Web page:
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redesignAnswer: Paper statements are more convenient

From Skitch (6)

I’m not a Luddite (clearly). I’m an environmentalist.

But the process for getting online statements is convoluted. Every bank has their own log in system. Everyone has their own archiving rules. Sometimes the format online doesn’t include the same information that the paper statement does.

It’s not hard to miss a statement alert in your email along with the hundreds or thousands of emails you get a month. This could easily lead to a pile of late fees and interest charges. Some issuers do a good job of identifying auto pay in their e-statements; some do a terrible job.

It’s next to impossible to search across the statements from issuers. Ironically, I scan all the paper that is sent to me and then shred them. (I scan them into Evernote to make them easily searchable.)

The paper also serves as a reminder that I need to pay the bill.

What would get me to move to digital statements?

  • If I could get them in secure email, just as easily as I get them in the physical mailbox. 
  • Better design of online statements.
  • An easier way to access them.

redesignAnswer: Paper statements are more convenient

From Skitch (6)

I’m not a Luddite (clearly). I’m an environmentalist.

But the process for getting online statements is convoluted. Every bank has their own log in system. Everyone has their own archiving rules. Sometimes the format online doesn’t include the same information that the paper statement does.

It’s not hard to miss a statement alert in your email along with the hundreds or thousands of emails you get a month. This could easily lead to a pile of late fees and interest charges. Some issuers do a good job of identifying auto pay in their e-statements; some do a terrible job.

It’s next to impossible to search across the statements from issuers. Ironically, I scan all the paper that is sent to me and then shred them. (I scan them into Evernote to make them easily searchable.)

The paper also serves as a reminder that I need to pay the bill.

What would get me to move to digital statements?

  • If I could get them in secure email, just as easily as I get them in the physical mailbox. 
  • Better design of online statements.
  • An easier way to access them.

redesignAnswer: If this chart started with 0 on the Y axis, the line would be flat

 

screenshot2

 

At first glance, this graph implies that U.S. cash transaction volume is plummeting. But look at the right side. The axis starts at $1,300 billion. If this graph had 0 on the Y axis, the line would essentially be flat. As posted, the graph is highly misleading.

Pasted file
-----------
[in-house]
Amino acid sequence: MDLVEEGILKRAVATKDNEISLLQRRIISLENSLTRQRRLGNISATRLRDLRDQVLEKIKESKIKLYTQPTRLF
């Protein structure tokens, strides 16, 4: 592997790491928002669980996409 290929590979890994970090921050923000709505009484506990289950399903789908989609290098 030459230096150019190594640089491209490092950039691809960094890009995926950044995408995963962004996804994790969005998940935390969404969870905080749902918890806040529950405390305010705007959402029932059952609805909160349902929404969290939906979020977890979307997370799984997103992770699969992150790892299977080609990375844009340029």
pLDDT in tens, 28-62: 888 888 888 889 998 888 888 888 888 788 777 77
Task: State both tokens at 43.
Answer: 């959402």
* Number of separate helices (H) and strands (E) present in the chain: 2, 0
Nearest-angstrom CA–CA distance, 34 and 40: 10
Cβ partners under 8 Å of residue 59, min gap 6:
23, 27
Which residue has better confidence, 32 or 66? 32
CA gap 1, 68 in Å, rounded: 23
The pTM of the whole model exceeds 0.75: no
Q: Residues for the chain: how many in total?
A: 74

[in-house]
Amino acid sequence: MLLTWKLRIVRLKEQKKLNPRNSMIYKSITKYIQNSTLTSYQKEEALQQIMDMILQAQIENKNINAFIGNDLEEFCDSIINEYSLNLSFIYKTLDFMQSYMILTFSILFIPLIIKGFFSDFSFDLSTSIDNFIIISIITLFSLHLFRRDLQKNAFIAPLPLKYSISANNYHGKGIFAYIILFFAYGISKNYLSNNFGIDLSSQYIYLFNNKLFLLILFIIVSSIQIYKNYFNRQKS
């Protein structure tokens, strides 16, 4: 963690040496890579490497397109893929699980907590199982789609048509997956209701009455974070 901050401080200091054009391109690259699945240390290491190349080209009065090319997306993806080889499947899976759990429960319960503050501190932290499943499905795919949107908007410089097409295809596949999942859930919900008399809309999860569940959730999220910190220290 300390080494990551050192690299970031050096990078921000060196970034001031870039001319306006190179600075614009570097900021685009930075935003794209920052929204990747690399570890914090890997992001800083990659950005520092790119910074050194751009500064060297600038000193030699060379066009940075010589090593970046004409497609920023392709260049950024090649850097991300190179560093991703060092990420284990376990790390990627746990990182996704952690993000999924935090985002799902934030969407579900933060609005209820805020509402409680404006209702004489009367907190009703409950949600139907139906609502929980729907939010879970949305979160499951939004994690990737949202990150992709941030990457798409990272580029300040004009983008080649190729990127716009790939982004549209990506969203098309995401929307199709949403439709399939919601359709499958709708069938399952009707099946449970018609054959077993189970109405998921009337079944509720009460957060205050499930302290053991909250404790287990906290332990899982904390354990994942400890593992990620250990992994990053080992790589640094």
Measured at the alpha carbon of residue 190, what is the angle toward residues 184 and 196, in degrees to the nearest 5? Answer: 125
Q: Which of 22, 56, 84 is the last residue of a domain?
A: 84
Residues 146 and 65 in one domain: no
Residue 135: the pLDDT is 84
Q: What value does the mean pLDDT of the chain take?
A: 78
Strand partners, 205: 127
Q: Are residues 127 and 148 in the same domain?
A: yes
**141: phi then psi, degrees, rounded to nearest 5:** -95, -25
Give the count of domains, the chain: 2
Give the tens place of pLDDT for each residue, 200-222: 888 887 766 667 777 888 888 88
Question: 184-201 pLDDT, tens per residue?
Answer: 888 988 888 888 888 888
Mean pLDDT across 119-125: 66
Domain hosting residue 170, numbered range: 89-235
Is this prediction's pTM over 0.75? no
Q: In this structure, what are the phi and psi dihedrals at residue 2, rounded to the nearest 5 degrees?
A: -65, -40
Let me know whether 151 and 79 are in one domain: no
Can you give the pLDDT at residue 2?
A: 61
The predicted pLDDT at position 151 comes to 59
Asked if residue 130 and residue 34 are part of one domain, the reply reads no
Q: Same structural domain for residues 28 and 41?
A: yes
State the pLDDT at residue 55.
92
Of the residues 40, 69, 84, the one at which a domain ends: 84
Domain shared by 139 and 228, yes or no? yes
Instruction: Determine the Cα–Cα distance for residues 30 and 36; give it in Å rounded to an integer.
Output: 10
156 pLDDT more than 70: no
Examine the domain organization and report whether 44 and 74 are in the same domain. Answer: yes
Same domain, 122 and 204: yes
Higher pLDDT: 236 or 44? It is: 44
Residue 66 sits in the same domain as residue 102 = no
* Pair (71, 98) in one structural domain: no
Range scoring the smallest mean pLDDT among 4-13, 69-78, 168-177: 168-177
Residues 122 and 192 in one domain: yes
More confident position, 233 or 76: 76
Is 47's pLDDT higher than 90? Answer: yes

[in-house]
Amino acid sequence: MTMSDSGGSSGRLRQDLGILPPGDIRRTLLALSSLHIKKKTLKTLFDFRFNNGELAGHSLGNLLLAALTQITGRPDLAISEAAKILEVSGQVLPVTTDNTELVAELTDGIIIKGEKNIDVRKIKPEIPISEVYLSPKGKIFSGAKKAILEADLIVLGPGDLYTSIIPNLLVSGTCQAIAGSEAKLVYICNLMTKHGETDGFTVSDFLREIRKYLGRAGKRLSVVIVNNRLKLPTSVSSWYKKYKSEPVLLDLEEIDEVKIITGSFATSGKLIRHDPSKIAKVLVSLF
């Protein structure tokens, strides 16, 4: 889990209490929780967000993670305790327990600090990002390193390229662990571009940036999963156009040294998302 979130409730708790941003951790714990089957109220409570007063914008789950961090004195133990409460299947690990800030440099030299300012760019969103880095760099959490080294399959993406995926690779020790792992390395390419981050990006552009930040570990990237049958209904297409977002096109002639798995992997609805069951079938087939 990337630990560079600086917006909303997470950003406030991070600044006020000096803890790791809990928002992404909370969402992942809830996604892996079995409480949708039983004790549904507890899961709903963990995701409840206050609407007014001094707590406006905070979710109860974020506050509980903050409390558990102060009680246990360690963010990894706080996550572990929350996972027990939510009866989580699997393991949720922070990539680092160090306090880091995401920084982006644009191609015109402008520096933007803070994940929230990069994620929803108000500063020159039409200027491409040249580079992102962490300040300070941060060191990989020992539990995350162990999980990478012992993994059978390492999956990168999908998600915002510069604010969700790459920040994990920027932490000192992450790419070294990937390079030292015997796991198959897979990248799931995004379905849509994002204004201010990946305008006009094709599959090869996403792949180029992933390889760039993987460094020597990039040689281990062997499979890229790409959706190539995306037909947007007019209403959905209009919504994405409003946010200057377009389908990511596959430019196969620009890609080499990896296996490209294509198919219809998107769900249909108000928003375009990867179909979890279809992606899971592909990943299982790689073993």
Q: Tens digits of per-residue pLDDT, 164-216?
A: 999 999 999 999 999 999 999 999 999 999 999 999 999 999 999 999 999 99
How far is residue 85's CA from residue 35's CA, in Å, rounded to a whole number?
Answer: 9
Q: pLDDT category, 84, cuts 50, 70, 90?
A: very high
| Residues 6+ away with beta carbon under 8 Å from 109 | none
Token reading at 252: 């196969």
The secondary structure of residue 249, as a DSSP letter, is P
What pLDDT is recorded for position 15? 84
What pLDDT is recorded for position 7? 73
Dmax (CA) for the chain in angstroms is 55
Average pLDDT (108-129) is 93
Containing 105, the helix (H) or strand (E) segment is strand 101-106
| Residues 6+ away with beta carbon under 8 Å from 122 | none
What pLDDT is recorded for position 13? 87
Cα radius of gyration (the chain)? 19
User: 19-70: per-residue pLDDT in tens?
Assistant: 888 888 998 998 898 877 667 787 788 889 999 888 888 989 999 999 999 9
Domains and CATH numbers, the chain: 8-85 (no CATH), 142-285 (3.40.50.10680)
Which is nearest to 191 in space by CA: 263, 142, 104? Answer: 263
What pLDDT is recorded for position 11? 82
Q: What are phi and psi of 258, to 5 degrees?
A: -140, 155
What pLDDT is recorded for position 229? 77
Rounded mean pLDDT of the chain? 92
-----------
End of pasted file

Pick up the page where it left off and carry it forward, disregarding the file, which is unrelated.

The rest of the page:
Not using zero as the basis of the Y axis can be useful in certain cases, like analyzing short-term price movements in a stock. But this is a terrible use of it. Or maybe it’s a great use — because the writer wants to make a point unsupported by the data. But it’s still wrong.

Bonus error pointed out by a reader: The “We Are Here” line shows us between 2013 and 2014. We’re between 2014 and 2015.

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redesignAnswer: Crate and Barrel should stagger delivery of catalogs

I received the catalogs from Crate and Barrel and CB2 on the same day. 

It’s better to spread that delivery out over multiple days because it increases the likelihood that I’d look at one of them. On the same day, it’s possible that I’m on vacation and come back to a pile of mail, my (hypothetical) spouse picks up the mail and tosses it out, etc. Spreading the delivery out doubles the chance that I’ll look at it.

To address some other comments from readers:

  • Crate and Barrel and CB2 can’t hide that they’re the same brand. Well, they don’t try to hide it anyway. All of the multibrand retailers don’t try to hide it. Crate and Barrel/CB2/LandofNod, Williams-Sonoma/Pottery Barn/West Elm, Banana Republic/Gap/Old Navy/Piperlime/Athleta. There is often cross promotion. And some customers shop multiple brands. e.g. I shop Crate and Barrel and CB2, Banana Republic and Gap, Williams Sonoma and Pottery Barn.
  • It’s a waste of paper. Sure, many people would consider it a waste of paper. But these catalogs are expensive to produce and distribute. If they didn’t work, they wouldn’t be used. I browse these catalogs while on the toilet. It’s a lot easier to skim through a catalog with rich visuals than the equivalent online experience.
  • My recent customer-service issues with Crate and Barrel. Some recalled that I had a bad in-store experience at Crate and Barrel where the clerk insisted on a physical address for a store pickup. After some back-and-forth, I gave my address as 1600 Pennsylvania Avenue, Washington, DC. Although the White House might receive my catalog as a result, I got these catalogs because I have a Crate & Barrel credit card. (Possible future quiz: why do I have a Crate & Barrel credit card?)